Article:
Will UK pension changes just abolish the lifetime allowance or make wider reforms?
Published on 26th Jul 2023
Draft legislation released by HMRC packs some unexpected consequences
The Finance (No 2) Act 2023, which received Royal Assent on 11 July, has started to make the changes to the lifetime allowance (LTA) that were announced at the Spring Budget 2023, including the removal of the lifetime allowance charge.
HMRC has also opened a technical consultation on draft legislation to abolish the LTA altogether with effect from the start of the 2024/25 tax year. However, the draft legislation has some surprising effects which, if left unchanged, would radically change the way that defined benefit (DB) and defined contribution (DC) pension scheme members can take their benefits.
The LTA is a limit on the amount of tax efficient pension saving an individual can make in registered pension schemes during their lifetime. It is currently set at £1,073,100, but some members have LTA protections (for example, fixed or enhanced protection), which mean they are subject to slightly different rules.
What the draft legislation does
The draft legislation does its job in terms of tidying up the tax legislation in order to remove the LTA and the complex provisions around its related "benefit crystallisation events". It also clarifies that those members who already benefit from one of the LTA protections will retain their rights to higher benefits and that it will still be possible to make an application for fixed or individual protection 2016 up until 5 April 2025. There are some issues, including that the legislation does not yet deal with transitional arrangements, but a few grumbles can be expected with any draft legislation.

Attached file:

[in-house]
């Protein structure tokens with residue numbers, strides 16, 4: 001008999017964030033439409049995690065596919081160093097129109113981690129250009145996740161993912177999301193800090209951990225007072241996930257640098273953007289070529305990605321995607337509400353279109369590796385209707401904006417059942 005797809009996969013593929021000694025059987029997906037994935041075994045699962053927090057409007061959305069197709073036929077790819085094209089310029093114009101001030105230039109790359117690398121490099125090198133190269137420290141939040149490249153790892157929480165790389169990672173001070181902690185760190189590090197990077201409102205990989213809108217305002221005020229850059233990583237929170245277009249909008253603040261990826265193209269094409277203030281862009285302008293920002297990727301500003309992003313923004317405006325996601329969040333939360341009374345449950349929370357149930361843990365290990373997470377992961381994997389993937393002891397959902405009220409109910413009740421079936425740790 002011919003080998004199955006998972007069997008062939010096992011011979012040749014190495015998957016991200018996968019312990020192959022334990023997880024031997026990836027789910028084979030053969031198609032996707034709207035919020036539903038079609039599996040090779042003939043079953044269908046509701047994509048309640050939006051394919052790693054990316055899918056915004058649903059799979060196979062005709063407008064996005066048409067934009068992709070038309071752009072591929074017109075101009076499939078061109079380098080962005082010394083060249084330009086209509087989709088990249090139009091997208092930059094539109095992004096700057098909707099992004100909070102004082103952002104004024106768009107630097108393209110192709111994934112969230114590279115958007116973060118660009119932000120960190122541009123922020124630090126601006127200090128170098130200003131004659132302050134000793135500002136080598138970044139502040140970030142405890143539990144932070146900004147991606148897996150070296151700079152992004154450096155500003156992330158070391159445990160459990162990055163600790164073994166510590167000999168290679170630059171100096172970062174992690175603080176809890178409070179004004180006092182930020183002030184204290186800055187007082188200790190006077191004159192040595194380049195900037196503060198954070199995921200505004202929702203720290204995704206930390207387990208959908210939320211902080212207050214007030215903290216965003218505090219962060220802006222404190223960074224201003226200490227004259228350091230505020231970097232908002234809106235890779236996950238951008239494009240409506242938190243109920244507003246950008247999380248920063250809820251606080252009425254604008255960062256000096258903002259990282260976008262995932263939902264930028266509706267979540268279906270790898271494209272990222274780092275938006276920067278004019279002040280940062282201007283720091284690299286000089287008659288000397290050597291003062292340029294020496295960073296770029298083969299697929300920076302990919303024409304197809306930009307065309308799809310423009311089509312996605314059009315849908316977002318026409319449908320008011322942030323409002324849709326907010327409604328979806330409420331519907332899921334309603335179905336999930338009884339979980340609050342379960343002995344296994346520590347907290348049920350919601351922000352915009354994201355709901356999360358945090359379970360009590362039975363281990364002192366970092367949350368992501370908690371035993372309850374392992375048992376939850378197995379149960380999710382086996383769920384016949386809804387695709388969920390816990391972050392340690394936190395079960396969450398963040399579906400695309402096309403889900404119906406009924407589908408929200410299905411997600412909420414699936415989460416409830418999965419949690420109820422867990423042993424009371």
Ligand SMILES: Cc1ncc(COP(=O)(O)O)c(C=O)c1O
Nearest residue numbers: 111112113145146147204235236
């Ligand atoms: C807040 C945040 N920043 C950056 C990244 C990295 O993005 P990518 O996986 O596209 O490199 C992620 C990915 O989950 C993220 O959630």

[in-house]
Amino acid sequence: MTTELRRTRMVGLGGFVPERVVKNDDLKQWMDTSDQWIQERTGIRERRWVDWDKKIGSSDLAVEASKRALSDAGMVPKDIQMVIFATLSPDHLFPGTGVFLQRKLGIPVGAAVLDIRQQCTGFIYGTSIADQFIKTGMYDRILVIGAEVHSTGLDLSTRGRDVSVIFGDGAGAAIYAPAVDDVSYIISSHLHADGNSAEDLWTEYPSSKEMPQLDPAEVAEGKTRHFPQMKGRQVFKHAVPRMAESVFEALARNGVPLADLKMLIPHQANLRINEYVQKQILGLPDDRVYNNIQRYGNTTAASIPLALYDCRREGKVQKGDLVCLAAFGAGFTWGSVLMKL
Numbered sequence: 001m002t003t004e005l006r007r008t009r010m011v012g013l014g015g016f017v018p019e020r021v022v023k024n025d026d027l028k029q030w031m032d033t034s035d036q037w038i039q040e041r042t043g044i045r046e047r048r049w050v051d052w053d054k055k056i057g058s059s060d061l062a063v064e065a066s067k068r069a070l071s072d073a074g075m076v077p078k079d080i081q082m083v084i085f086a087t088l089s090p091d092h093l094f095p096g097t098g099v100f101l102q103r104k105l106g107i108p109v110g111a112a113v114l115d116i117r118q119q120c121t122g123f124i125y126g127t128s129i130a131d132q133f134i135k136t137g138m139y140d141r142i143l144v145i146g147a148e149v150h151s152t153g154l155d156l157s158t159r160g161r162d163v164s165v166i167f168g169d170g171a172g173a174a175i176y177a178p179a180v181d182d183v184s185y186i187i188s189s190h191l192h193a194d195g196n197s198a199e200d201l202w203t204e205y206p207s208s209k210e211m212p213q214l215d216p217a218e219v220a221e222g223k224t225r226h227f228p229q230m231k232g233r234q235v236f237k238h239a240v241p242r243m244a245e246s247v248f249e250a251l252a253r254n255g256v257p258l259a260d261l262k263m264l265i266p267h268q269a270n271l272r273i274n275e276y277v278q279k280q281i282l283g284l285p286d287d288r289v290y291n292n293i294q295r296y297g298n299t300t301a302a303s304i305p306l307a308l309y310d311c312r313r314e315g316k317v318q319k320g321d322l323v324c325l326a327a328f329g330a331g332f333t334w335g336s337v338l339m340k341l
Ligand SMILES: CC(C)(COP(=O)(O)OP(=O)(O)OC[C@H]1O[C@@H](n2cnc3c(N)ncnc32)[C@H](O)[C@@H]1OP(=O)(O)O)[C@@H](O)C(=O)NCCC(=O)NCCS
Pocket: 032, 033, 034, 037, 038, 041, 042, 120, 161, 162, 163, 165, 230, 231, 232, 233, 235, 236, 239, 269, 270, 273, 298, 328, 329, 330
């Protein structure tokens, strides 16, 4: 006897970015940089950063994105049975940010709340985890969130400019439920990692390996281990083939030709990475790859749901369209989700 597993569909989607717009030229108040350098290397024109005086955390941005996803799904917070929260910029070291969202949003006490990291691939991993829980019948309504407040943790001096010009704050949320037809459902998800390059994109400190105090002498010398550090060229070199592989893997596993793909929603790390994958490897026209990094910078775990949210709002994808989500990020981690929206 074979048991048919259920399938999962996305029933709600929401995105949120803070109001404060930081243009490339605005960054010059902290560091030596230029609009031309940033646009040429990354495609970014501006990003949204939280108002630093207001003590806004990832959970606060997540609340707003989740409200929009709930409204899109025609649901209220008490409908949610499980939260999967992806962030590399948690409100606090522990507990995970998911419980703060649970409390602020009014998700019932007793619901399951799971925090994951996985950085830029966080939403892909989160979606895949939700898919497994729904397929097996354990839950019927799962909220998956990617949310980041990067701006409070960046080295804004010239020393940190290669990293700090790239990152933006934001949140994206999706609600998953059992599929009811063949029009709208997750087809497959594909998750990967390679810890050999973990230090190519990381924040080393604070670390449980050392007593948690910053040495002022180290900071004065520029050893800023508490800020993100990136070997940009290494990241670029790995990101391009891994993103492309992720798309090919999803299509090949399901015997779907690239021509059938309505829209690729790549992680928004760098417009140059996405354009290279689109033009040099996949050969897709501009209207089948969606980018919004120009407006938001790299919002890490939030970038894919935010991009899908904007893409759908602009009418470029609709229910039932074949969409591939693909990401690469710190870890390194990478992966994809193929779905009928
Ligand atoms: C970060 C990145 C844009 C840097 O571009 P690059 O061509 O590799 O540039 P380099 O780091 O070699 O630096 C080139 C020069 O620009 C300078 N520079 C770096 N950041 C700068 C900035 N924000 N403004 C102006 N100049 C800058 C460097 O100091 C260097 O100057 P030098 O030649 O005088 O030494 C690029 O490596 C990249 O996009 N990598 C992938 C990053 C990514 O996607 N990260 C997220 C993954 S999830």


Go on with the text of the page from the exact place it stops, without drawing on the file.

A key part of the changes is that, although the LTA is going, it has been replaced by allowances on tax-free lump sums. There is an overall "individual's lump sum and death-benefit allowance", which covers certain lump sums payable to the member as well as death-benefit lump sums payable in relation to them. This total allowance (which will apply per member and across all schemes, not per scheme) is set at the level of the current LTA, £1,073,100. Within this overall allowance is a new individual's lump sum allowance. This is the tax-free allowance for certain retirement-related lump sums that the member can access (most notably, the pension commencement lump sum (PCLS)). This is set at 25% of the current LTA ( £268,275).
Why is that so radical?
Under the draft legislation, the permitted maximum for a PCLS will be the lower of 25% of the value of the member's benefits and the individual's remaining new lump-sum allowances. And this is where it starts to get more interesting.
In its current form, the draft legislation provides that any part of a lump sum taken above the permitted maximum will be taxed as income. This opens the door, presumably subject to what scheme rules allow, to an individual taking 100% of a DB pension in lump sum form, subject only to income tax on the excess.
This looks much more like the DC world than the DB world, but without the safeguards and protections that apply to DC members.
Conversely, for DC savers who die before the age of 75, there have been many reports that the changes made seem to close the door on the option of leaving an uncrystallised fund tax-free to dependants.
What happens now?
Neither of these changes were announced at the Spring Budget 2023, and HMRC is already reported to have confirmed that there is no intention to radically expand the pensions freedoms for DB members. It will, therefore, be important to follow the progress of this draft legislation and see what changes are made to it.
Osborne Clarke comment
These points add to the uncertainty already created in this area by the Labour Party's clearly stated opposition to the removal of the LTA.
HMRC's consultation on the draft legislation runs until 12 September 2023. We anticipate that changes will be made after the consultation to the scope of the legislation but also that the government will be keen to move forwards as quickly as possible in order to ensure that the law changes before the next general election.
Trustees, employers and pension scheme members should continue to follow developments.